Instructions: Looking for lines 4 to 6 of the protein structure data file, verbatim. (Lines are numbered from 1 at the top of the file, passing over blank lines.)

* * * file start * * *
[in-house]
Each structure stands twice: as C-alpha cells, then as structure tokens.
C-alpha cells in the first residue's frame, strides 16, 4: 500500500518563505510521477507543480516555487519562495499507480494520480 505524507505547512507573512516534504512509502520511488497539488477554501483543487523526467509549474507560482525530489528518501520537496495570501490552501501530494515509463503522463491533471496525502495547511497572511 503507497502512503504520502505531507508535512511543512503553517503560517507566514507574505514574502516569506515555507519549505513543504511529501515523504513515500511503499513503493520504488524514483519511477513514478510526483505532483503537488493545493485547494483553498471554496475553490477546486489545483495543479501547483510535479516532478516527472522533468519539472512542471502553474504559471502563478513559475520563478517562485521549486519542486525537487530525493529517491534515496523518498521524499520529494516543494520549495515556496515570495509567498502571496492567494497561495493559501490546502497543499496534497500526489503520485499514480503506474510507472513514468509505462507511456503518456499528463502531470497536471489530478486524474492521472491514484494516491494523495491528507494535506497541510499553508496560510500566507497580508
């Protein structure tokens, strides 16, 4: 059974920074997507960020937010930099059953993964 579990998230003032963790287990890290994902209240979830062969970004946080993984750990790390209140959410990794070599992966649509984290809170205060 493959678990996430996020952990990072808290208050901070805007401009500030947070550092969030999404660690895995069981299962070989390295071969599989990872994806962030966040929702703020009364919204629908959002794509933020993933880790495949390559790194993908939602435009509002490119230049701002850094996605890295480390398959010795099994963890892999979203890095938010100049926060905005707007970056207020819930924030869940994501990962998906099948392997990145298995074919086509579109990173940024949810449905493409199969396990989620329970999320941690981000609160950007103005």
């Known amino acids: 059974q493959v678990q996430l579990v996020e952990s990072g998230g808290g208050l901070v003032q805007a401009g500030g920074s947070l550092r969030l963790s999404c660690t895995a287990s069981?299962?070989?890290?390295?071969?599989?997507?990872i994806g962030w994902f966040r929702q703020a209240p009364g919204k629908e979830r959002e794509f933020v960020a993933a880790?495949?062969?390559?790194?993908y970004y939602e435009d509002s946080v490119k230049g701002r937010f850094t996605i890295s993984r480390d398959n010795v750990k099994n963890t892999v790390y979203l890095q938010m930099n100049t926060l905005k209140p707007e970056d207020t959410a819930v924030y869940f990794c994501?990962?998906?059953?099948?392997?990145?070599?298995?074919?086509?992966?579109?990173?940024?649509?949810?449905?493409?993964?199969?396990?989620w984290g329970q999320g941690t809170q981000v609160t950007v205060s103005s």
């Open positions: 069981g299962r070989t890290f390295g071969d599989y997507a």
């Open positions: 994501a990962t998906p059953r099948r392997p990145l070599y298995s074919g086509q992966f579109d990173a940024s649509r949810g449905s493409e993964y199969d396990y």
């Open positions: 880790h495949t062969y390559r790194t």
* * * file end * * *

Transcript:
């Protein structure tokens, strides 16, 4: 059974920074997507960020937010930099059953993964 579990998230003032963790287990890290994902209240979830062969970004946080993984750990790390209140959410990794070599992966649509984290809170205060 493959678990996430996020952990990072808290208050901070805007401009500030947070550092969030999404660690895995069981299962070989390295071969599989990872994806962030966040929702703020009364919204629908959002794509933020993933880790495949390559790194993908939602435009509002490119230049701002850094996605890295480390398959010795099994963890892999979203890095938010100049926060905005707007970056207020819930924030869940994501990962998906099948392997990145298995074919086509579109990173940024949810449905493409199969396990989620329970999320941690981000609160950007103005």
């Known amino acids: 059974q493959v678990q996430l579990v996020e952990s990072g998230g808290g208050l901070v003032q805007a401009g500030g920074s947070l550092r969030l963790s999404c660690t895995a287990s069981?299962?070989?890290?390295?071969?599989?997507?990872i994806g962030w994902f966040r929702q703020a209240p009364g919204k629908e979830r959002e794509f933020v960020a993933a880790?495949?062969?390559?790194?993908y970004y939602e435009d509002s946080v490119k230049g701002r937010f850094t996605i890295s993984r480390d398959n010795v750990k099994n963890t892999v790390y979203l890095q938010m930099n100049t926060l905005k209140p707007e970056d207020t959410a819930v924030y869940f990794c994501?990962?998906?059953?099948?392997?990145?070599?298995?074919?086509?992966?579109?990173?940024?649509?949810?449905?493409?993964?199969?396990?989620w984290g329970q999320g941690t809170q981000v609160t950007v205060s103005s």
């Open positions: 069981g299962r070989t890290f390295g071969d599989y997507a």